Dear Maria - The Antiquity article you recommended mentioned heavy fragmentation and surface
features that resulted from high combustion (p. 526). Do you have more specific info on those?
I have an (unpublished) assemblage of heavily burnt bones from North Syria, dating to ca. 1400
BC. In total (but not from the total feature) these weighed ca. 5 kg. The bones ranged from
carbonized to calcined. None were merely charred or blackened. The colors were a very matte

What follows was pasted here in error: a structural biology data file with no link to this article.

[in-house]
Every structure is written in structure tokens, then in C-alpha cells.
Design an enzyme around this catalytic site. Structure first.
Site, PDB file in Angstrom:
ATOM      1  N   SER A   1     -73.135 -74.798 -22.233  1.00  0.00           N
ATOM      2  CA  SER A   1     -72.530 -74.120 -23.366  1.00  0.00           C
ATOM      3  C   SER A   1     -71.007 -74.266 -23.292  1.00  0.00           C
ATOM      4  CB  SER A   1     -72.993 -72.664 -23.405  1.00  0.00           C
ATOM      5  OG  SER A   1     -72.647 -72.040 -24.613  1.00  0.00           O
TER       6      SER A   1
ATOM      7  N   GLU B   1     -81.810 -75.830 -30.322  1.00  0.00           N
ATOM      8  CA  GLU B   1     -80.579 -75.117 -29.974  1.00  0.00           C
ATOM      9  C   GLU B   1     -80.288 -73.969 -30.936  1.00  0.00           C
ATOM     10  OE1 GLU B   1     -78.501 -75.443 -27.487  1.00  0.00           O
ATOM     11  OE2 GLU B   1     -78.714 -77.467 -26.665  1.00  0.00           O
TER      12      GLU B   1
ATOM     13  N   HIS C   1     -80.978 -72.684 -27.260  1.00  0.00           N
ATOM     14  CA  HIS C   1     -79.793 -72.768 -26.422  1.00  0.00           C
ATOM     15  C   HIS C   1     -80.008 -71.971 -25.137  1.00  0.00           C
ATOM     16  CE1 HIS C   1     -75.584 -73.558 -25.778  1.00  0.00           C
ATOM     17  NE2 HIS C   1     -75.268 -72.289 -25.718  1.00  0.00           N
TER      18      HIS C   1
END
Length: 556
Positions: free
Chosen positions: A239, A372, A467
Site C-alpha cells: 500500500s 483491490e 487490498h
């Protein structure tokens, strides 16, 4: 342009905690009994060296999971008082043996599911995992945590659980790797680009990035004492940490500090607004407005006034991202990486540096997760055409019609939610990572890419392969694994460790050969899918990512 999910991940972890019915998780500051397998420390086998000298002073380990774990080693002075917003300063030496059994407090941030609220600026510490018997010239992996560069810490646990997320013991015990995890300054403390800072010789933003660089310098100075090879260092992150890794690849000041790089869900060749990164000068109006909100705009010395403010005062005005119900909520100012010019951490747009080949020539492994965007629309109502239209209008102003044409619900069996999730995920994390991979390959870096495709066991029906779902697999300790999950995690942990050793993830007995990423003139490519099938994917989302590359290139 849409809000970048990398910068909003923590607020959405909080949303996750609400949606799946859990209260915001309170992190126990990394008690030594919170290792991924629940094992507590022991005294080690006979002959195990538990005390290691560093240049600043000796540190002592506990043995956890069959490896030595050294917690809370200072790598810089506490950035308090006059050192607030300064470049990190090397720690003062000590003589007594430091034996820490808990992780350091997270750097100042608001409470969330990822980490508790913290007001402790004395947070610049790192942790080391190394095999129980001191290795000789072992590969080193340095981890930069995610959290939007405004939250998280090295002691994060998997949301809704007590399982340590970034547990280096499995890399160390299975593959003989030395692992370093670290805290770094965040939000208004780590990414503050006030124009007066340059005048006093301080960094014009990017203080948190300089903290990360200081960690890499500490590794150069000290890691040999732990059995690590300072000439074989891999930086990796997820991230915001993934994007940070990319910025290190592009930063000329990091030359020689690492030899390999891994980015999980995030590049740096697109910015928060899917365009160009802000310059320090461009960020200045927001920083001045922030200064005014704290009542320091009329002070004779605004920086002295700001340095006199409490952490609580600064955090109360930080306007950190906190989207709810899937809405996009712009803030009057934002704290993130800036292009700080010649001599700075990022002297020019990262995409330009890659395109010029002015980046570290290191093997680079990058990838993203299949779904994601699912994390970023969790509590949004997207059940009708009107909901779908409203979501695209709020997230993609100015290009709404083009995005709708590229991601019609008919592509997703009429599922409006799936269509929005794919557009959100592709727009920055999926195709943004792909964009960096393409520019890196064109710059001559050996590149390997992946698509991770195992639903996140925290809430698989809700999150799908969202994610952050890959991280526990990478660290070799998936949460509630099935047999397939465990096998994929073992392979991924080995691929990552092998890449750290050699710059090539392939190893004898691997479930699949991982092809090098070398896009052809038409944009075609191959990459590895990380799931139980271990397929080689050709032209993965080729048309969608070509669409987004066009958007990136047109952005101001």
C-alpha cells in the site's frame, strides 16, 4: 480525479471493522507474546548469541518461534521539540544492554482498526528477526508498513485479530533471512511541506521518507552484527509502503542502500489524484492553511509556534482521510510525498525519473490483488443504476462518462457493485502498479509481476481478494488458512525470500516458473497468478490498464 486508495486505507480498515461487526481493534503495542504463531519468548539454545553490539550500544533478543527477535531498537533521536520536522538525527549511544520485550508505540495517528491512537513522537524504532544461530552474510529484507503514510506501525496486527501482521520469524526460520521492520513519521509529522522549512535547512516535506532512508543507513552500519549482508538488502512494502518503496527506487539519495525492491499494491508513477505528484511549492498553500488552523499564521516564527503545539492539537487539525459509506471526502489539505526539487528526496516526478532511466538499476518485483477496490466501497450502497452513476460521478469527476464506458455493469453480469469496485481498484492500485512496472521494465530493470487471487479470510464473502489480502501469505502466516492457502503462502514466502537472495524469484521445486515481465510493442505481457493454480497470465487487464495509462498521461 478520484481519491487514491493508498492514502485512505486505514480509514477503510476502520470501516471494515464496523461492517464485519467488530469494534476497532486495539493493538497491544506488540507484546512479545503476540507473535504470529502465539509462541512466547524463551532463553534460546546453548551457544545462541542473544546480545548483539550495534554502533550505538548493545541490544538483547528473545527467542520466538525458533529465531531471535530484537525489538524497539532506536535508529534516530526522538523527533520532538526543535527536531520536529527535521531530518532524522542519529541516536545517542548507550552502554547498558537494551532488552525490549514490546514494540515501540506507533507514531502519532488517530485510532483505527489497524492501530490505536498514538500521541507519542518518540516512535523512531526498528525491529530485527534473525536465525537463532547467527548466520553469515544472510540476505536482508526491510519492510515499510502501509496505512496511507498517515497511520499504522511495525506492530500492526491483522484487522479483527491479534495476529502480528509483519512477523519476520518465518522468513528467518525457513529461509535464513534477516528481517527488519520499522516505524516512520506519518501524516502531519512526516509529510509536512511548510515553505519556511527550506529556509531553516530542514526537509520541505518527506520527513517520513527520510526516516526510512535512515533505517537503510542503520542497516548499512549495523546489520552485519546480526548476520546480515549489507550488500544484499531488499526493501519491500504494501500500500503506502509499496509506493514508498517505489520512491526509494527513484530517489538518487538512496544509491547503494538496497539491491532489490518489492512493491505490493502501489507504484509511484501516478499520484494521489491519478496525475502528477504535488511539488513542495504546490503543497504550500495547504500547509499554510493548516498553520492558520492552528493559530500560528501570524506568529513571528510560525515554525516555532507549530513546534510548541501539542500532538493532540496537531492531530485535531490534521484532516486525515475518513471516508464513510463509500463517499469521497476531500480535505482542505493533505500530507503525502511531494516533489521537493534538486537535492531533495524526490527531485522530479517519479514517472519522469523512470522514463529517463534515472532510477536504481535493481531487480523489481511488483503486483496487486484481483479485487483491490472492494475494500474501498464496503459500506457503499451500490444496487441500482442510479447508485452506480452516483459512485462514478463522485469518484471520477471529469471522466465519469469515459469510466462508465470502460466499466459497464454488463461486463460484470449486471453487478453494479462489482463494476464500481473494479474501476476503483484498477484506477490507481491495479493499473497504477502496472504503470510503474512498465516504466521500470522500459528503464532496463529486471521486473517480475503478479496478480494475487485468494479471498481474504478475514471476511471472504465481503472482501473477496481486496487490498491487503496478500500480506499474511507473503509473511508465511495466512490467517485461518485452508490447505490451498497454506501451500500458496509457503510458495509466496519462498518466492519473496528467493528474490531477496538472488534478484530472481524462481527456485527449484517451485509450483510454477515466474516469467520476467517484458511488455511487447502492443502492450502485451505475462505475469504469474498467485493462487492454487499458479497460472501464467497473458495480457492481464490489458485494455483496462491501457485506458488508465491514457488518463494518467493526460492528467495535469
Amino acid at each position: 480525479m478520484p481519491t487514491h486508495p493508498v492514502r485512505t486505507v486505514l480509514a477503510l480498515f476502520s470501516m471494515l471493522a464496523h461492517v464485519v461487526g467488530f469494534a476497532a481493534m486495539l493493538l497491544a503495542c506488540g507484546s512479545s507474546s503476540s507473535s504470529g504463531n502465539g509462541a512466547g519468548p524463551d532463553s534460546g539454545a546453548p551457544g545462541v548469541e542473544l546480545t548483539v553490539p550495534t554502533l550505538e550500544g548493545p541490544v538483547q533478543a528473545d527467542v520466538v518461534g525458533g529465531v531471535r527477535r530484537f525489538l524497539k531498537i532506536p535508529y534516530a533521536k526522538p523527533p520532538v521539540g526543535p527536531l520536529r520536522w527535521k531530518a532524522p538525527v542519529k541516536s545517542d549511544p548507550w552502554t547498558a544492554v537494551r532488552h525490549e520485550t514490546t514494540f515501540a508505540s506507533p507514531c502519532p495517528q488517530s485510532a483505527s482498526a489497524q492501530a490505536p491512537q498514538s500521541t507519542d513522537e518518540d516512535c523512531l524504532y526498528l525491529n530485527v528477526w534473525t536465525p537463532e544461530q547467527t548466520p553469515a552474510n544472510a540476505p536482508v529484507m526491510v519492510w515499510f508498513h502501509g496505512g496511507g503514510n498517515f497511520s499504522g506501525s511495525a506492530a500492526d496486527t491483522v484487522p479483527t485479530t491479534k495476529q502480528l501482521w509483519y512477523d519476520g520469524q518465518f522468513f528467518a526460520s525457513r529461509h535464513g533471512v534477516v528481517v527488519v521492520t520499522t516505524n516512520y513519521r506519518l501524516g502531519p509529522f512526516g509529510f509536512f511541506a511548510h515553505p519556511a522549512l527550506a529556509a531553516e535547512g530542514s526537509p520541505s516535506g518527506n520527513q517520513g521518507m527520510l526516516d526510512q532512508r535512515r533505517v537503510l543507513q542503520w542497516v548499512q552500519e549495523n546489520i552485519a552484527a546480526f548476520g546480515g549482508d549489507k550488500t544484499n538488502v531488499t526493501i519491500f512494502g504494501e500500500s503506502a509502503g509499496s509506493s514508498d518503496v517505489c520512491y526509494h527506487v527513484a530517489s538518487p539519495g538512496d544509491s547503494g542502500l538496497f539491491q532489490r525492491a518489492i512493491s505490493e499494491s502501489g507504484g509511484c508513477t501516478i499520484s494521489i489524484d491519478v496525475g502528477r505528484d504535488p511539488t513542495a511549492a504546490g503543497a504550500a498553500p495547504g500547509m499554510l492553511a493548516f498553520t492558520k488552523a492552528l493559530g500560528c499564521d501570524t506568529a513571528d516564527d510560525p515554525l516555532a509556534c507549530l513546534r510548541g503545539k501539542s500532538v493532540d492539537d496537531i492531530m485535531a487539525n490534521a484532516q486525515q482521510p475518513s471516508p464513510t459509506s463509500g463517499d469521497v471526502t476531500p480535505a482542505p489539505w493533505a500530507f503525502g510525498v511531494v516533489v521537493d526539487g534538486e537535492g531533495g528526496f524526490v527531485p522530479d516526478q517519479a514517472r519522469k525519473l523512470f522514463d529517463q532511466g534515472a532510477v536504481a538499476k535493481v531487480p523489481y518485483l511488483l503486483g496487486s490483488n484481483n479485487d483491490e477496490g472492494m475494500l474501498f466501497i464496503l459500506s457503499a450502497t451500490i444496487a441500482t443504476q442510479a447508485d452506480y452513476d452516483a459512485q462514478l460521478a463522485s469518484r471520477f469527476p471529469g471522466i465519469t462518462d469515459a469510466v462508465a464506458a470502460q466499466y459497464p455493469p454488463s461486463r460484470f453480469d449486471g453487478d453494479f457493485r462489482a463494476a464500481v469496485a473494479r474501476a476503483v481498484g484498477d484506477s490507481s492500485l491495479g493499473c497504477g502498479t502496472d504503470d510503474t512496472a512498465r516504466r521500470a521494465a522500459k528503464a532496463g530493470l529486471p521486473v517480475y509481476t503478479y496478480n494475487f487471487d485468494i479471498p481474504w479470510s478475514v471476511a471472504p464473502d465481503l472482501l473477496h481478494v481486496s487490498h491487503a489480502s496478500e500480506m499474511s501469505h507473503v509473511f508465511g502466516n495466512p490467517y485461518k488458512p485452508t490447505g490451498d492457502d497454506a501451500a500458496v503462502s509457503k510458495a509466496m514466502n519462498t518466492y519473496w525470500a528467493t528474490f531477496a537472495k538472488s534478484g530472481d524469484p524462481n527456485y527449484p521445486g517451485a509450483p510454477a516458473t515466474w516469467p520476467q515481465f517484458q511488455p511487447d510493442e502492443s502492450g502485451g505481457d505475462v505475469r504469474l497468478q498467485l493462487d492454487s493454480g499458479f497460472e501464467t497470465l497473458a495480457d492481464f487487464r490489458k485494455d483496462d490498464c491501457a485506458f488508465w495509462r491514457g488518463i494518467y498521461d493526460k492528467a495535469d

black, bluish-grey, and white. Teeth were a steely glue/grey. They had broken (naturally, I
believe) into pieces of roughly the same size, ca. 2 cm square. The bone surfaces were crazed,
and the cracks were deepening. There were a wide variety of elements, though most were too
fragmented to identify. All of the teeth were identified as juvenile equids. A few post-cranial
bones were identified as equid. All of the post-cranial bones were from large-sized mammals.
When first excavated (in 1999), I had thought these might have been burnt as fuel. In the most
recent excavations, a nearby area had evidence for lime-plaster production, which really makes
me think these were burnt as fuel. I was surprised that whole skeletons – or so it seemed – were